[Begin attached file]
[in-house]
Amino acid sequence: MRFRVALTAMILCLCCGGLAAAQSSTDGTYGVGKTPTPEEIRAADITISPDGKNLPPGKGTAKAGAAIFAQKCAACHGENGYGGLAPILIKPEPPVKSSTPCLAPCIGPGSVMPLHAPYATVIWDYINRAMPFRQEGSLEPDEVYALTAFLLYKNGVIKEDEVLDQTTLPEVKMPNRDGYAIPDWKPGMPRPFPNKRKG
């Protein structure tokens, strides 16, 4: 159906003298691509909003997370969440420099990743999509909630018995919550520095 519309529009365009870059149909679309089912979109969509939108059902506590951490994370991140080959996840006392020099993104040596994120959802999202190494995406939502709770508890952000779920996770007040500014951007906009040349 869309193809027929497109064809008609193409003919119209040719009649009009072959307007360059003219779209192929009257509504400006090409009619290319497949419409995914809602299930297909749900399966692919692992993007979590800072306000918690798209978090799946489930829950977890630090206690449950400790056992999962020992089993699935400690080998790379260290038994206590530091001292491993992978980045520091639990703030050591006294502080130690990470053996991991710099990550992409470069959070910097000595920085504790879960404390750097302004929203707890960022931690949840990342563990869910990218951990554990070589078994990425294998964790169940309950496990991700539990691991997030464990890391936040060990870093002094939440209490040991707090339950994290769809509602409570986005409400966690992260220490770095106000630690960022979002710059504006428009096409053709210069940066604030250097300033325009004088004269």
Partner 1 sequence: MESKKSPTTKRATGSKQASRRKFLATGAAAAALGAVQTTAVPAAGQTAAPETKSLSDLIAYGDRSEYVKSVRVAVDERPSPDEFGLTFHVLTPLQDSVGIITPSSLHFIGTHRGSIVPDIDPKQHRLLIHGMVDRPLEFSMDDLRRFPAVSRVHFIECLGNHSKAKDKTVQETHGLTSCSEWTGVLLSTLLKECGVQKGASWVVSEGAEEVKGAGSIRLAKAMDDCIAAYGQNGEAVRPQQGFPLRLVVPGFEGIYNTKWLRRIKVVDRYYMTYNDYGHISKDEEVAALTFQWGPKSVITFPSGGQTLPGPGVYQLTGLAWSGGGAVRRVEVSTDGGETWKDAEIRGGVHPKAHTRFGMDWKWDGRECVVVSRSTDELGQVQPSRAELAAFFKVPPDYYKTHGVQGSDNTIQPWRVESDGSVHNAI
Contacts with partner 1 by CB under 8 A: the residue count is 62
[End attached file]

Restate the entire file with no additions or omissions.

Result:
[in-house]
Amino acid sequence: MRFRVALTAMILCLCCGGLAAAQSSTDGTYGVGKTPTPEEIRAADITISPDGKNLPPGKGTAKAGAAIFAQKCAACHGENGYGGLAPILIKPEPPVKSSTPCLAPCIGPGSVMPLHAPYATVIWDYINRAMPFRQEGSLEPDEVYALTAFLLYKNGVIKEDEVLDQTTLPEVKMPNRDGYAIPDWKPGMPRPFPNKRKG
């Protein structure tokens, strides 16, 4: 159906003298691509909003997370969440420099990743999509909630018995919550520095 519309529009365009870059149909679309089912979109969509939108059902506590951490994370991140080959996840006392020099993104040596994120959802999202190494995406939502709770508890952000779920996770007040500014951007906009040349 869309193809027929497109064809008609193409003919119209040719009649009009072959307007360059003219779209192929009257509504400006090409009619290319497949419409995914809602299930297909749900399966692919692992993007979590800072306000918690798209978090799946489930829950977890630090206690449950400790056992999962020992089993699935400690080998790379260290038994206590530091001292491993992978980045520091639990703030050591006294502080130690990470053996991991710099990550992409470069959070910097000595920085504790879960404390750097302004929203707890960022931690949840990342563990869910990218951990554990070589078994990425294998964790169940309950496990991700539990691991997030464990890391936040060990870093002094939440209490040991707090339950994290769809509602409570986005409400966690992260220490770095106000630690960022979002710059504006428009096409053709210069940066604030250097300033325009004088004269």
Partner 1 sequence: MESKKSPTTKRATGSKQASRRKFLATGAAAAALGAVQTTAVPAAGQTAAPETKSLSDLIAYGDRSEYVKSVRVAVDERPSPDEFGLTFHVLTPLQDSVGIITPSSLHFIGTHRGSIVPDIDPKQHRLLIHGMVDRPLEFSMDDLRRFPAVSRVHFIECLGNHSKAKDKTVQETHGLTSCSEWTGVLLSTLLKECGVQKGASWVVSEGAEEVKGAGSIRLAKAMDDCIAAYGQNGEAVRPQQGFPLRLVVPGFEGIYNTKWLRRIKVVDRYYMTYNDYGHISKDEEVAALTFQWGPKSVITFPSGGQTLPGPGVYQLTGLAWSGGGAVRRVEVSTDGGETWKDAEIRGGVHPKAHTRFGMDWKWDGRECVVVSRSTDELGQVQPSRAELAAFFKVPPDYYKTHGVQGSDNTIQPWRVESDGSVHNAI
Contacts with partner 1 by CB under 8 A: the residue count is 62